Health commissioners are taking immediate action after a re-inspection of systems and services for children and young people with special educational needs and disability (SEND) in Sefton.
Fiona Taylor, chief officer for Sefton’s two clinical commissioning groups (CCGs), said:
In response, the CCGs are working with their partners in the local NHS and from Sefton Council on a joint plan to improve care for these children, young people and their families to address all areas of weakness. Additionally, the CCGs have taken immediate measures to begin to address the elements of health services that were highlighted by inspectors for improvement.
Inspectors did acknowledge in their findings some of the positive steps made by the CCGs to strengthen leadership for SEND and their investment of resources to accelerate improvement.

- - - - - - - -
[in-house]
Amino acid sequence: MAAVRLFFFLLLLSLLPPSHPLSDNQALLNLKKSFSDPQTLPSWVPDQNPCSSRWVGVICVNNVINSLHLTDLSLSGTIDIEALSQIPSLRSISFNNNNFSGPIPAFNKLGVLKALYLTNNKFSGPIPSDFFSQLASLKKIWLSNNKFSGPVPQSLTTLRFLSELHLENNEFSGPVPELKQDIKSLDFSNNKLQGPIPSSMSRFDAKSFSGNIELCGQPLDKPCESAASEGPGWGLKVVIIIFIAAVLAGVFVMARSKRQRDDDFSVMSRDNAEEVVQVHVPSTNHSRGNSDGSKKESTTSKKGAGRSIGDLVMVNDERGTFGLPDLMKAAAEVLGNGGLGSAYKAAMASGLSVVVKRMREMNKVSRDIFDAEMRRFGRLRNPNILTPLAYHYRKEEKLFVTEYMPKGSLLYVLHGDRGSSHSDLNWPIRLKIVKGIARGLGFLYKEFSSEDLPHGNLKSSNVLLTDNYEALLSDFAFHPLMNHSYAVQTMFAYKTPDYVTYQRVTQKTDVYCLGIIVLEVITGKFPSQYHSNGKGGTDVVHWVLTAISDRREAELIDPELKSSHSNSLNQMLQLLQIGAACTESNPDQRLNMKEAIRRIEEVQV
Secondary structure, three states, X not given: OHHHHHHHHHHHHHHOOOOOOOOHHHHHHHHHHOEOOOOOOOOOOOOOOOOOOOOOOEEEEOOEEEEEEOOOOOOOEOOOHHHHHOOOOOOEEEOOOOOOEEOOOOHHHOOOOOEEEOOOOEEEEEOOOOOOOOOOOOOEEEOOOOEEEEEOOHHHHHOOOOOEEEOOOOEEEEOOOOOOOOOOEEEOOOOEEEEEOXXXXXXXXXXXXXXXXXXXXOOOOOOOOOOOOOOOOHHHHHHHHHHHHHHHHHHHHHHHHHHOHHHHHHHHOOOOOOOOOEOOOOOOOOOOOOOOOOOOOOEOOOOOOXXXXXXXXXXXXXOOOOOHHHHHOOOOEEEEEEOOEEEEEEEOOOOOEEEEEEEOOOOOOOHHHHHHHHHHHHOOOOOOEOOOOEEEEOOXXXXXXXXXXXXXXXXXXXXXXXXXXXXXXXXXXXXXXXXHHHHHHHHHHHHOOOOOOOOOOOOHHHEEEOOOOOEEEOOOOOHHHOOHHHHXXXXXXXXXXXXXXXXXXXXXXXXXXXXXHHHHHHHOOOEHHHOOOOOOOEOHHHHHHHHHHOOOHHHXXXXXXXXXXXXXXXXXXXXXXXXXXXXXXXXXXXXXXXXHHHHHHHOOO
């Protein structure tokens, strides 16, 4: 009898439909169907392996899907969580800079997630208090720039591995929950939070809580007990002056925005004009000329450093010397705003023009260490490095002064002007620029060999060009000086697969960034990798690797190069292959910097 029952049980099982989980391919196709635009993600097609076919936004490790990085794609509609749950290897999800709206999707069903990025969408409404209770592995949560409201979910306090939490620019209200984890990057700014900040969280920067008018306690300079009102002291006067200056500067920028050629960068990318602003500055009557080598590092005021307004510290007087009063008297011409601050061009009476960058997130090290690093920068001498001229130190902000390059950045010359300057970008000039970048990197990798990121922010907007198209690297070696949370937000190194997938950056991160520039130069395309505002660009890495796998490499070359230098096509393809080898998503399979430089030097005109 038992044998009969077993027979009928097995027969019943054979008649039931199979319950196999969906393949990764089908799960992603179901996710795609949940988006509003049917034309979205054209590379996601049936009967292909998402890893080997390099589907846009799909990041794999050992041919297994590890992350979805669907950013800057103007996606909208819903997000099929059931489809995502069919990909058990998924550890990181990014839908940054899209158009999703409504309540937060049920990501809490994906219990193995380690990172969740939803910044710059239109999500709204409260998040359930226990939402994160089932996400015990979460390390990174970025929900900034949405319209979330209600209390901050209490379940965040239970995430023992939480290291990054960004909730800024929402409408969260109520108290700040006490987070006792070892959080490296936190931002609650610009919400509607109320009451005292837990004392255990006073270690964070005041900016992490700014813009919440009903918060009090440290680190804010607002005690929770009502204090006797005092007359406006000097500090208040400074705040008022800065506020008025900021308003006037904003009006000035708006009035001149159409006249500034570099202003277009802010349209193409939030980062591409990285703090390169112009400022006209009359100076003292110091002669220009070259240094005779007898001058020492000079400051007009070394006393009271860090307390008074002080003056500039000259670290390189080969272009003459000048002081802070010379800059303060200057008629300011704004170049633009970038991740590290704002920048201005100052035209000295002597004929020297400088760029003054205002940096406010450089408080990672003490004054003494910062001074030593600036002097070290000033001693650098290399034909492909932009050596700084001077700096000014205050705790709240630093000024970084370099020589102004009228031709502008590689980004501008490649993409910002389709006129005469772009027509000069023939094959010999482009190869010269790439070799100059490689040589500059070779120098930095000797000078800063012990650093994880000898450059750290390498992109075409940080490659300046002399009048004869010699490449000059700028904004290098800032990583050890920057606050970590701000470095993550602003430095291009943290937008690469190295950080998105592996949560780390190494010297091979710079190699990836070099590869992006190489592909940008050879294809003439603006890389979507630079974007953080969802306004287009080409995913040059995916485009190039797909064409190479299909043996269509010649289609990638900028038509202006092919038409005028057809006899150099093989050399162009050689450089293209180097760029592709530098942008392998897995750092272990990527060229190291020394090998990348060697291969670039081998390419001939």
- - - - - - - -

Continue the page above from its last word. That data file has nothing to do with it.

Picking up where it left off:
In response to the inspection, CCGs have made further investments to reduce waiting times whilst they review what more is needed for the longer term, working with NHS partners who provide these services.
Across Sefton’s SEND partnership, inspectors also noted some progress for those key stage 2 children with an education and healthcare plan (EHC) in reading, writing and mathematics. Positive steps were also highlighted by inspectors around moves to better involve children and young people, through initiatives like the annual young persons’ workshops and the appointment of a ‘young advisors’ coordinator.
Dr Craig Gillespie, chair of NHS South Sefton CCG, said:
Dr Rob Caudwell, chair of NHS Southport and Formby CCG, concluded:
Ofsted and CQC inspection letters can be found on the Ofsted website from the following link www.reports.ofsted.gov.uk